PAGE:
You cannot prattle on about you disdain for high alcohol, fruit forward, oak monsters, and then recommend to your readers a 15.8% ABV Australian Shiraz, stating “it is well made, if you like big and bold, go out and buy it, even though I wouldn’t”. Your readers want to know your palate. Originality is your best weapon. You’re unique, and so is your palate. If you can define and explain your palate to your reader, then they know what to expect when you recommend something.  You will gain their trust. If they do not agree with you, they can move on to the next blogger with a palate more similar to their own, but you just cannot cater to everyone and still be genuine. It is impossible. If you’re going to go around promoting yourself as a wine guru(and that is exactly what you’re proclaiming whether you like it or not, the second you start reviewing and recommending wine), then you better be ready and able to educate people on what you believe a wine should be, you better be prepared to tell people what they like is actually a manipulation of grape juice, and a laboratory experiment above all else. I take pride in the fact that when I think a wine is fucking good, I say it, and I mean it. This doesn’t happen very often. Some people don’t enjoy such vitriolic style of writing , but you can count on the fact that when I do not like something you’ll be the first to know, because I will be screaming it from a fucking rooftop.

This all ties into my feeling on points. Why do wine bloggers feel the need to award points to wines like the “Big Brother” mags do?  I could elaborate on my feelings about the subject, however, that is an article for another day. I’ll leave my statement in brevity at this; go drink some fucking wine. Drink some things that are outside your proverbial “comfort zone” of wines. The more you taste and challenge your palate, the more self-sufficient of a taster you will be. Listen aspiring wine writers, wine is too multi-faceted to be reduced down to a number, but if you must continue your ambivalence haine-amour relationship with the wine rags, be my guest. To the few enlightened souls who see wine as a personal communion more meaningful than any number, I invite you to join us at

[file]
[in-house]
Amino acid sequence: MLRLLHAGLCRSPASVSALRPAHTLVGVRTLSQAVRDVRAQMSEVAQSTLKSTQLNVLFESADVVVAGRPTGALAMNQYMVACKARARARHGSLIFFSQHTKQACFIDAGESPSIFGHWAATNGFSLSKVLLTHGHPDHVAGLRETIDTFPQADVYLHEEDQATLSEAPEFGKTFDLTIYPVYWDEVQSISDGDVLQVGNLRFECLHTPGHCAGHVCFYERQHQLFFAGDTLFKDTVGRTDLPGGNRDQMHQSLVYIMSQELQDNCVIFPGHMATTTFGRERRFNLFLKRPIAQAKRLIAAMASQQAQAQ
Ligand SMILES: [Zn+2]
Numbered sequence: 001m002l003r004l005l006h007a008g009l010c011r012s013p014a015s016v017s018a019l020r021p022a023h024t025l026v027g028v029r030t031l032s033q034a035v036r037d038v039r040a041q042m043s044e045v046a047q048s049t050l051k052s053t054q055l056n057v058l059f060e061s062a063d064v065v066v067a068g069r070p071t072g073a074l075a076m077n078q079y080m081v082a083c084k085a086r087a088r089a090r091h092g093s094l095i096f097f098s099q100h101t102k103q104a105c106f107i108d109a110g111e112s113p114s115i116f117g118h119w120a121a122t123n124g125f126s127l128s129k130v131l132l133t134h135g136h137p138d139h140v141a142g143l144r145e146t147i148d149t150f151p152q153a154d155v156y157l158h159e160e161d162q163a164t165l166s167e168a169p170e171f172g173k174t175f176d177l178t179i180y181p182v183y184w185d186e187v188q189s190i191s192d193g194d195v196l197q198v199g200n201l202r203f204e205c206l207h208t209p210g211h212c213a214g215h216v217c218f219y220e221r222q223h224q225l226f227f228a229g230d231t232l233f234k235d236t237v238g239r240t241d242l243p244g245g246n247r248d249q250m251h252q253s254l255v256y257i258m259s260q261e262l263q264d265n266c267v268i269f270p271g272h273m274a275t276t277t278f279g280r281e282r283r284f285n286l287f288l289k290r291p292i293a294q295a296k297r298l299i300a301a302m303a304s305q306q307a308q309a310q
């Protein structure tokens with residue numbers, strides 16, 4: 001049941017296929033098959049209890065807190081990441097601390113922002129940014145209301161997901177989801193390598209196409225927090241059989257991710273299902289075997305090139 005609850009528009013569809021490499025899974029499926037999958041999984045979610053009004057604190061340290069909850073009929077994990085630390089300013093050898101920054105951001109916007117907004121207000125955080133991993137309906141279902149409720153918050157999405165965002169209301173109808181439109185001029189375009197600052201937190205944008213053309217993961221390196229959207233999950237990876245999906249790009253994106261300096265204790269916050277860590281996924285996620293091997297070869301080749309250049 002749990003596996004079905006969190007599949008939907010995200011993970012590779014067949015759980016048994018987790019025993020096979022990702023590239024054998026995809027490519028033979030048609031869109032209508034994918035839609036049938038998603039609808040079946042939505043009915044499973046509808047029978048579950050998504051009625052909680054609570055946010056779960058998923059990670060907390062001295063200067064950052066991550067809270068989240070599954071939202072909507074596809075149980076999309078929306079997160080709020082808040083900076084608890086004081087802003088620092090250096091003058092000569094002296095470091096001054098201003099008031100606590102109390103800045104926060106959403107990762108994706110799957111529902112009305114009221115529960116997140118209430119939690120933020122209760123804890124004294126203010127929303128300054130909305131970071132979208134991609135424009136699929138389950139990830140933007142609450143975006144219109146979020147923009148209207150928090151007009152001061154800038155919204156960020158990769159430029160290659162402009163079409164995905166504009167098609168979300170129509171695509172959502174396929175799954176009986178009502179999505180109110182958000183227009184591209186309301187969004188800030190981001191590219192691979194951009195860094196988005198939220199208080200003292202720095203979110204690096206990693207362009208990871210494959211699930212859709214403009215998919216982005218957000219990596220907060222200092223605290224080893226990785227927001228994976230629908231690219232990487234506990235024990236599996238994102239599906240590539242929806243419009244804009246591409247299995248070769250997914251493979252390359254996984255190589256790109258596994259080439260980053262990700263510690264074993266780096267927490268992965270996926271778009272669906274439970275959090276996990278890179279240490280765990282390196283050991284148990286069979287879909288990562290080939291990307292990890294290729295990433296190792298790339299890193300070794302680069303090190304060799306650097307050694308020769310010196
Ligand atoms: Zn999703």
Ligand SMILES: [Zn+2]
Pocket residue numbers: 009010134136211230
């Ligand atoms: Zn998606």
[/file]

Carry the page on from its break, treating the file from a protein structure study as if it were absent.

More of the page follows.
The time has arrived for some new blood, for a revolution in wine journalism. Continuing the status quo is fucking chicken shit, and you know it. Put your true feeling down on paper, give me some passion, give me some anger, give me some acrimonious speech, but also, give me some insight. Show me a region or variety I might not know about, or that you may have a special attachment to. Tell me about the producers, but do your homework. Be absolutely positive that you aren’t misinforming, or misleading your readers. Write us an article on native yeast, or cold soaking, or heavy-ass deep punted bottles, or even fucking corks. We don’t care so long as the fire is present. So long as your writing bleeds with integrity and morality, because that is what’s paramount. Tell the people what is wrong with the industry or a particular producer, or whatever it is that is abets and provokes you to borderline irrationality. Your readers want to hear it, because they can get kiss ass wine writing anywhere, right?

P.S. I really piggybacked this incredibly thought-provoking piece from a writer I hold in very high regard: The Passionate Foodie  This article really got me thinking about how important and impacting a wine writers’ suggestions can be. Please read his blog.

40 responses to “The Wine Blogger Dilemma

  • suckandspit